The decision to frame the book around “the trials of Edward Loring” is especially puzzling given that Loring’s “trials” were so slight: within months of his removal he was appointed by President Buchanan to fill a vacancy on [*443] the federal Court of Claims, where he served “without controversy” until his retirement some twenty years later. It is true that the removal campaign was itself an abolitionist tactic, but it was only a small part – and surely not the most significant expression of “abolitionist outrage” or most effective way that abolitionists were able to leverage public interest in the case in the service of their radical anti-slavery agenda.

On the contrary, the Burns case figured centrally in some of the most dramatic and most radical of abolitionist agitation, with far-reaching effects. It directly inspired Emerson’s “American Slavery,” Walt Whitman’s satirical “Boston Ballad” (the first poem in Leaves of Grass, published in 1855) and Henry David Thoreau’s influential “Slavery in Massachusetts” – none of which make it into Maltz’s account of the case. Thoreau introduced his essay to the public by reading portions of it at the Massachusetts Anti-Slavery Society’s Fourth of July protest rally in Framingham where he was famously upstaged by William Lloyd Garrison, who concluded his remarks by setting on fire, one after the other, the Fugitive Slave Law, Judge Loring’s rendition decision, and the United States Constitution. By clarifying both the price of Union and the limits of moral suasion, the Burns case pushed moderate anti-slavery Northerners toward radical abolition and pacifist abolitionists toward an embrace of violent resistance to slavery. As one observer of the trial put it: “We went to bed one night old-fashioned, conservative, Compromise Union Whigs, and waked up stark mad Abolitionists.”

How, then, are we to understand Maltz’s decision to devote roughly one third of FUGITIVE SLAVE ON TRIAL to “the difficulties faced by Edward Loring” (p.157), while mentioning only in passing how the case transformed the thinking of Northerners about their relationship to slavery, or its affect on the abolitionist movement itself? And, what to make of Maltz’s evident sympathy to Loring’s plight, which seems so out of place in the context of his participation in the re-enslavement of Burns and the larger social-political shifts that surrounded it?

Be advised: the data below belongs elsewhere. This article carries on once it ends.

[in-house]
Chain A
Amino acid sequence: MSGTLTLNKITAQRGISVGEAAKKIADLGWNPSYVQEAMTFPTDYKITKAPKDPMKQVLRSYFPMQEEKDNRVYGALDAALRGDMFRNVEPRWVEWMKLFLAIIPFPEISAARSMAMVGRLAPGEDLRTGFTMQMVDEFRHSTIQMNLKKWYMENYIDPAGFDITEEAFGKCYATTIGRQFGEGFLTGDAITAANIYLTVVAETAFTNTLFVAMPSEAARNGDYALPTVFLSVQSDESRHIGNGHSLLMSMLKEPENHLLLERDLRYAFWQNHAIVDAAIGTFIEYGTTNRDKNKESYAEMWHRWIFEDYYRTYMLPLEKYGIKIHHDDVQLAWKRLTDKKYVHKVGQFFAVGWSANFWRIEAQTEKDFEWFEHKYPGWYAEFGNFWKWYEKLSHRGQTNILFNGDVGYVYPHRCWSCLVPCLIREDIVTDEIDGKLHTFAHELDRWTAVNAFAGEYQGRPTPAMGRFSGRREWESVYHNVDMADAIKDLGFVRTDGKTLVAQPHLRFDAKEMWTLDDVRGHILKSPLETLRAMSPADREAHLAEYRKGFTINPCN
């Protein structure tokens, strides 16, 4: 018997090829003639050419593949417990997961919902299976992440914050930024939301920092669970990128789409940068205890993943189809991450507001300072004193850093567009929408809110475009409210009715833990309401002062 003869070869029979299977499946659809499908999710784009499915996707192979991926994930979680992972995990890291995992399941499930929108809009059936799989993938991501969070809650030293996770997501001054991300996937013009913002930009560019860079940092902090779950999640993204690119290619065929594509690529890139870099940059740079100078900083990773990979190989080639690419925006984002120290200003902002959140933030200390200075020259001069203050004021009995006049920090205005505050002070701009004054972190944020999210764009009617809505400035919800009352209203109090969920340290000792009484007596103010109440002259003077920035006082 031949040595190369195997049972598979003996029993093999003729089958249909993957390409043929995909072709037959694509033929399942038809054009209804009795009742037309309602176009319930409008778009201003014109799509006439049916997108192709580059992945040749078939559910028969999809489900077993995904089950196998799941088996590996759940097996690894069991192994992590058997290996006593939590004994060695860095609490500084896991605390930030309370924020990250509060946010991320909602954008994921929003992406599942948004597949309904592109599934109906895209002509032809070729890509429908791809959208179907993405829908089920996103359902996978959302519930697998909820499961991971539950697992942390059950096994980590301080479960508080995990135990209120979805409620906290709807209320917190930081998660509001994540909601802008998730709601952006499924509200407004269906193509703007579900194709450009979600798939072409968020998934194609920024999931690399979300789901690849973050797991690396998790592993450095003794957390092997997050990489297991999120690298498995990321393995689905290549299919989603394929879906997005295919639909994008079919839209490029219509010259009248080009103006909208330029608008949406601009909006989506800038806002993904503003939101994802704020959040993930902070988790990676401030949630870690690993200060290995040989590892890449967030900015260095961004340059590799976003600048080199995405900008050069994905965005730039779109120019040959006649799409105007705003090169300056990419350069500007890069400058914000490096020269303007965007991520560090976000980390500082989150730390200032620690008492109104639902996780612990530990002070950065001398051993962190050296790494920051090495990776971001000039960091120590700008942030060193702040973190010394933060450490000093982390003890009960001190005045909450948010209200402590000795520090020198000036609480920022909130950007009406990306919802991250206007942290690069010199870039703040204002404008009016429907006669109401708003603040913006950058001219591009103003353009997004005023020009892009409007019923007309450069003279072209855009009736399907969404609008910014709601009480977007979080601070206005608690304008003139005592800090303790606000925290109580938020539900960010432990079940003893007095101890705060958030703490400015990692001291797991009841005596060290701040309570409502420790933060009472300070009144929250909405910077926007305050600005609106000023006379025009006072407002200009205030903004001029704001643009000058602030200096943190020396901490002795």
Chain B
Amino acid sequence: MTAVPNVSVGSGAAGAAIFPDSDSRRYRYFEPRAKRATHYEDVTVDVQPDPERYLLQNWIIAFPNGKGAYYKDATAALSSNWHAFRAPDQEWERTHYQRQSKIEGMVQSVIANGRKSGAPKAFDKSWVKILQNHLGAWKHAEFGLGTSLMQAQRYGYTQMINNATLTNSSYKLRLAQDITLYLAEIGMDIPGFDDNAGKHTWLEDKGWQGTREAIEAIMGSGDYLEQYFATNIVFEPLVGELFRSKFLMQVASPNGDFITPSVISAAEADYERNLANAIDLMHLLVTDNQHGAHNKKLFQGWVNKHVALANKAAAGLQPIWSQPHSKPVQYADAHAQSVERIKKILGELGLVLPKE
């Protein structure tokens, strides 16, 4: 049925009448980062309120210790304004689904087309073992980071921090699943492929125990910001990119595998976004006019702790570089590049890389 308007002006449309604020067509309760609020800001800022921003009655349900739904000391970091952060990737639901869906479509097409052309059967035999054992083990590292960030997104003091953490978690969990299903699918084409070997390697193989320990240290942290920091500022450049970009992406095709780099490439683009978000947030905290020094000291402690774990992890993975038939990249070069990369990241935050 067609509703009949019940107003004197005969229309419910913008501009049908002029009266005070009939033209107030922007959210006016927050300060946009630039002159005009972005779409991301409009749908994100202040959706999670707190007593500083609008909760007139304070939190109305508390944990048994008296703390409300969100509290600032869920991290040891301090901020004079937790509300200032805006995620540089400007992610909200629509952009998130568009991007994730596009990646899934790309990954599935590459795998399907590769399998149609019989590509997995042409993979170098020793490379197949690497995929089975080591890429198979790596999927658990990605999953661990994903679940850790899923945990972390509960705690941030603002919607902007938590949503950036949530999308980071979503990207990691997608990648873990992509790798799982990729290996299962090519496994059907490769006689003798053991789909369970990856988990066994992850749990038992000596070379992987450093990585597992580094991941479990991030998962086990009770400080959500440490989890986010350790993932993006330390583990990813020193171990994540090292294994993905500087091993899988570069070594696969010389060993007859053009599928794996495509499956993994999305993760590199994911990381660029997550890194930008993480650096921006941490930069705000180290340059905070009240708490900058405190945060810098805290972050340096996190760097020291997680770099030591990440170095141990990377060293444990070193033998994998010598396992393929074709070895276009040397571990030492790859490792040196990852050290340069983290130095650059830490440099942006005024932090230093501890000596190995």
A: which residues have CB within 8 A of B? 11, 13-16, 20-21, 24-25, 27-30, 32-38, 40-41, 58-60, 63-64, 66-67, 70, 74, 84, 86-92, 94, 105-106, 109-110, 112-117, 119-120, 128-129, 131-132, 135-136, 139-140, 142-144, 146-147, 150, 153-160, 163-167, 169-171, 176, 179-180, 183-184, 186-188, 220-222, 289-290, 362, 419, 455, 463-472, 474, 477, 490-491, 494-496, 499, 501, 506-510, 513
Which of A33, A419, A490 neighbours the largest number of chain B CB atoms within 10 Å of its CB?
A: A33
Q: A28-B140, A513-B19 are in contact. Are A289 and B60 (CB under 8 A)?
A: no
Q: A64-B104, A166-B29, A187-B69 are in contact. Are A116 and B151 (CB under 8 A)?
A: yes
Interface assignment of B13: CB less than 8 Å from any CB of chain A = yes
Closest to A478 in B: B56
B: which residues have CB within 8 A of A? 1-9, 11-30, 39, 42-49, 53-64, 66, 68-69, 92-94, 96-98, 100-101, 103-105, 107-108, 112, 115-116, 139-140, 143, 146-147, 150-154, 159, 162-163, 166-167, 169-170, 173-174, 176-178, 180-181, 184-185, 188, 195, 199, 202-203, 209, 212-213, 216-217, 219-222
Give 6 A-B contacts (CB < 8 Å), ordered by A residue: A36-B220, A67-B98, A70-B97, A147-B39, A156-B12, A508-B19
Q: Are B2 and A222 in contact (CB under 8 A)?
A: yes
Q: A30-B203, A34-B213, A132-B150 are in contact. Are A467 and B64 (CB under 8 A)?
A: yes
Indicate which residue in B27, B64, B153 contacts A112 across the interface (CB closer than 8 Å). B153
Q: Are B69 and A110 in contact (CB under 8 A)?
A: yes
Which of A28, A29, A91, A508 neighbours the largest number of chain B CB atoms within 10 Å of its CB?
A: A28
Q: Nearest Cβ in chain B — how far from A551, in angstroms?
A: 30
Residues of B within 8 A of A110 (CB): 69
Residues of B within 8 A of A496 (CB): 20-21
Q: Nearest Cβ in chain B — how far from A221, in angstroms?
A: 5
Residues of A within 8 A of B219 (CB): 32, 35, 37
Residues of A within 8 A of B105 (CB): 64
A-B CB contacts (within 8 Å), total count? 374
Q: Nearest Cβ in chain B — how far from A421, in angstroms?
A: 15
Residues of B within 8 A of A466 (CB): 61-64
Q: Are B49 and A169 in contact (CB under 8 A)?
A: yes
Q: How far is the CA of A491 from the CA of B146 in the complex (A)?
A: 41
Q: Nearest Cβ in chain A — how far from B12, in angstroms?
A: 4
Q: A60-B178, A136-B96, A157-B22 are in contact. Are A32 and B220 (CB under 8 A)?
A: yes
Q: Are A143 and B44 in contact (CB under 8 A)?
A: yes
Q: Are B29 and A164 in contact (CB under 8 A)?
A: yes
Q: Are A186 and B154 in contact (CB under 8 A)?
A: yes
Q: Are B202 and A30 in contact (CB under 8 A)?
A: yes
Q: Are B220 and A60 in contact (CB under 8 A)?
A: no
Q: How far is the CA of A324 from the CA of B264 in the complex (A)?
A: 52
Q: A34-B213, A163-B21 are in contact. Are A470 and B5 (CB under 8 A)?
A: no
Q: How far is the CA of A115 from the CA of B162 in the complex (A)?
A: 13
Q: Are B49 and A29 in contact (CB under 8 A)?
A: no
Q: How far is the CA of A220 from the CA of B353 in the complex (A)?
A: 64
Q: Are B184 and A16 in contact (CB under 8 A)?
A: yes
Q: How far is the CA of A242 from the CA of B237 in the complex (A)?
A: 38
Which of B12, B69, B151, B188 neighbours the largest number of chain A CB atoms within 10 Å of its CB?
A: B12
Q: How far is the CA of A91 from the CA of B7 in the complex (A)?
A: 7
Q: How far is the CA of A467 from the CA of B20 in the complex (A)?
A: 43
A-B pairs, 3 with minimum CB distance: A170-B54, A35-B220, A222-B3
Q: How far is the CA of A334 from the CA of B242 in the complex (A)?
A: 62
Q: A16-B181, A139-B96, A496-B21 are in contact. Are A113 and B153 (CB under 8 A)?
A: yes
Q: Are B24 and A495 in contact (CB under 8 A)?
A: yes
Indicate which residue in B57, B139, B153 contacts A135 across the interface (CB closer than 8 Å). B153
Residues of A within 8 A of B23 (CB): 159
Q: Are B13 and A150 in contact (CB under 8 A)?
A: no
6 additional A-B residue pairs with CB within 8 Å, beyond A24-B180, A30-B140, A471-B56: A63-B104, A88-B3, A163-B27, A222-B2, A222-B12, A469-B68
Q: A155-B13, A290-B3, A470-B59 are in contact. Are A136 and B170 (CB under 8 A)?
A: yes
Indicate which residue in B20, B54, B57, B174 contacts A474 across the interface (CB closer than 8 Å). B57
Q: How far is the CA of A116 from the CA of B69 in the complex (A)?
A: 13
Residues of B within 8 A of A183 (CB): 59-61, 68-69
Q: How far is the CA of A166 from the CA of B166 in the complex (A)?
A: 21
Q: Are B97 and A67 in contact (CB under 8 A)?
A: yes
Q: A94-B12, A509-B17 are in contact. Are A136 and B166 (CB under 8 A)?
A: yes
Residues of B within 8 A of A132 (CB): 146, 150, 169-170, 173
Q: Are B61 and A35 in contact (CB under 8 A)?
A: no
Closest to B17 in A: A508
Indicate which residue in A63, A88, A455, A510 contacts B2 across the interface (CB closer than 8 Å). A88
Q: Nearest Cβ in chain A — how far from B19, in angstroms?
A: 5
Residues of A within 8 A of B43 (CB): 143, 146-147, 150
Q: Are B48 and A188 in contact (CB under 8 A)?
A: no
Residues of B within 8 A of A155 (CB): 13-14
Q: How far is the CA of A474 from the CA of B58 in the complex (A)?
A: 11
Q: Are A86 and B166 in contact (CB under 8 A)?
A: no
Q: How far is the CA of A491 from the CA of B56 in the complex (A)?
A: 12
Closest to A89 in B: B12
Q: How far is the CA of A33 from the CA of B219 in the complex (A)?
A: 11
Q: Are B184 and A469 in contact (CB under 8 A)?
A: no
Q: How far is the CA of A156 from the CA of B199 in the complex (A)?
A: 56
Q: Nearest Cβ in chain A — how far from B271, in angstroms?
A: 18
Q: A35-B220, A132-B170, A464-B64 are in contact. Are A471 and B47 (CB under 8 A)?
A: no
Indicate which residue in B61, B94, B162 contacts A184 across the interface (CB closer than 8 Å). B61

In part, the book’s focalization can be explained by its genre. It is, after all, a legal history that Maltz has written – the history of a case, not the history of an era. More than this, Maltz’s interest lies not in the person of Edward G. Loring but in what he represents, which, for Maltz, is fidelity to law in the face of political extremism. Maltz introduces the decision as “indisputably correct on the facts and almost certainly justified by existing precedent” (p.2) despite its obviously unjust result – at least from today’s perspective. And, while Maltz’s rhetorical style aspires to a kind of just-the-facts objectivity of pure description, his conclusion reads more like a defense of Loring against his abolitionist critics. Where his detractors would have had Loring resign his position in protest or adopt any plausible legal theory to justify a different outcome, Maltz writes, Loring himself “believed that it was his duty to evaluate the law and the facts objectively and to implement that evaluation, even if the result might seem unjust in the abstract” (p.157). Where critics denounced Loring’s unflinching legalism as a moral failing, Maltz counters that Loring understood himself [*444] to be “demonstrating a different kind of moral courage by dispassionately analyzing the demands of the Fugitive Slave Act in the face of strong public pressure” and so “was vindicating the concept of the rule of law” (p.158).